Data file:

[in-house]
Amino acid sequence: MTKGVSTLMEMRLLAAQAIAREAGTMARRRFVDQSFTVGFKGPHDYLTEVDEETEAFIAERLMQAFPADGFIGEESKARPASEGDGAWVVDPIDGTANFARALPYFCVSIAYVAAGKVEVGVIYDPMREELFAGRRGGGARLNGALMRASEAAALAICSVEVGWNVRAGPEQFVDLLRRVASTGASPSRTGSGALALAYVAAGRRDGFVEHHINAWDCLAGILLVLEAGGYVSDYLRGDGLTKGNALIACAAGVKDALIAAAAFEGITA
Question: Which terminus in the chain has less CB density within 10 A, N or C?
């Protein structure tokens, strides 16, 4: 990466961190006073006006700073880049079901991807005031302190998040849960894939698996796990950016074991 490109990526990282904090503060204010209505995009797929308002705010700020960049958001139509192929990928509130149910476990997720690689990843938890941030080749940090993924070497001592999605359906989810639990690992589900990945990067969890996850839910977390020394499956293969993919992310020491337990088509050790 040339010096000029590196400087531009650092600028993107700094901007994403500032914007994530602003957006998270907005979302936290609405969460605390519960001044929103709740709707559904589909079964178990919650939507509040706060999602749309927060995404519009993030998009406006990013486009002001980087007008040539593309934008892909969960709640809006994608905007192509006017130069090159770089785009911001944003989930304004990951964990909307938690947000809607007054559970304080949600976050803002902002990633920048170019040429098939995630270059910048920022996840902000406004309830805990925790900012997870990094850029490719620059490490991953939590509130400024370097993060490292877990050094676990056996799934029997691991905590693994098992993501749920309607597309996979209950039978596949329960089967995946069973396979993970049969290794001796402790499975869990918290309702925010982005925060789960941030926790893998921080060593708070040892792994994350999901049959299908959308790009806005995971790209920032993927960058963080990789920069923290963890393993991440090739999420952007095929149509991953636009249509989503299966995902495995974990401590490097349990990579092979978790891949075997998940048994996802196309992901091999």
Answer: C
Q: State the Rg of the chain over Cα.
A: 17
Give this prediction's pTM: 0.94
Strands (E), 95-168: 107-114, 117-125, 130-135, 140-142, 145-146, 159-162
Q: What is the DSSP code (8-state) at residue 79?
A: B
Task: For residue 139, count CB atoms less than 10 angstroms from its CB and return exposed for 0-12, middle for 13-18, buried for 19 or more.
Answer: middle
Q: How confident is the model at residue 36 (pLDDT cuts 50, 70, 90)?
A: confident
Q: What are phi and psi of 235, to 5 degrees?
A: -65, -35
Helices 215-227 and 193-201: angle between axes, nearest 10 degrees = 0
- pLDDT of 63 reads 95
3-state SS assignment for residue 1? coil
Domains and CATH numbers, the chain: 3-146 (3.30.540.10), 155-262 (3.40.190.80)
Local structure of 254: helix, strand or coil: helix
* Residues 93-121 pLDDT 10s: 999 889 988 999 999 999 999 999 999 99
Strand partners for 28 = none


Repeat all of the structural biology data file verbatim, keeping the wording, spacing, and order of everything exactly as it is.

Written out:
[in-house]
Amino acid sequence: MTKGVSTLMEMRLLAAQAIAREAGTMARRRFVDQSFTVGFKGPHDYLTEVDEETEAFIAERLMQAFPADGFIGEESKARPASEGDGAWVVDPIDGTANFARALPYFCVSIAYVAAGKVEVGVIYDPMREELFAGRRGGGARLNGALMRASEAAALAICSVEVGWNVRAGPEQFVDLLRRVASTGASPSRTGSGALALAYVAAGRRDGFVEHHINAWDCLAGILLVLEAGGYVSDYLRGDGLTKGNALIACAAGVKDALIAAAAFEGITA
Question: Which terminus in the chain has less CB density within 10 A, N or C?
């Protein structure tokens, strides 16, 4: 990466961190006073006006700073880049079901991807005031302190998040849960894939698996796990950016074991 490109990526990282904090503060204010209505995009797929308002705010700020960049958001139509192929990928509130149910476990997720690689990843938890941030080749940090993924070497001592999605359906989810639990690992589900990945990067969890996850839910977390020394499956293969993919992310020491337990088509050790 040339010096000029590196400087531009650092600028993107700094901007994403500032914007994530602003957006998270907005979302936290609405969460605390519960001044929103709740709707559904589909079964178990919650939507509040706060999602749309927060995404519009993030998009406006990013486009002001980087007008040539593309934008892909969960709640809006994608905007192509006017130069090159770089785009911001944003989930304004990951964990909307938690947000809607007054559970304080949600976050803002902002990633920048170019040429098939995630270059910048920022996840902000406004309830805990925790900012997870990094850029490719620059490490991953939590509130400024370097993060490292877990050094676990056996799934029997691991905590693994098992993501749920309607597309996979209950039978596949329960089967995946069973396979993970049969290794001796402790499975869990918290309702925010982005925060789960941030926790893998921080060593708070040892792994994350999901049959299908959308790009806005995971790209920032993927960058963080990789920069923290963890393993991440090739999420952007095929149509991953636009249509989503299966995902495995974990401590490097349990990579092979978790891949075997998940048994996802196309992901091999």
Answer: C
Q: State the Rg of the chain over Cα.
A: 17
Give this prediction's pTM: 0.94
Strands (E), 95-168: 107-114, 117-125, 130-135, 140-142, 145-146, 159-162
Q: What is the DSSP code (8-state) at residue 79?
A: B
Task: For residue 139, count CB atoms less than 10 angstroms from its CB and return exposed for 0-12, middle for 13-18, buried for 19 or more.
Answer: middle
Q: How confident is the model at residue 36 (pLDDT cuts 50, 70, 90)?
A: confident
Q: What are phi and psi of 235, to 5 degrees?
A: -65, -35
Helices 215-227 and 193-201: angle between axes, nearest 10 degrees = 0
- pLDDT of 63 reads 95
3-state SS assignment for residue 1? coil
Domains and CATH numbers, the chain: 3-146 (3.30.540.10), 155-262 (3.40.190.80)
Local structure of 254: helix, strand or coil: helix
* Residues 93-121 pLDDT 10s: 999 889 988 999 999 999 999 999 999 99
Strand partners for 28 = none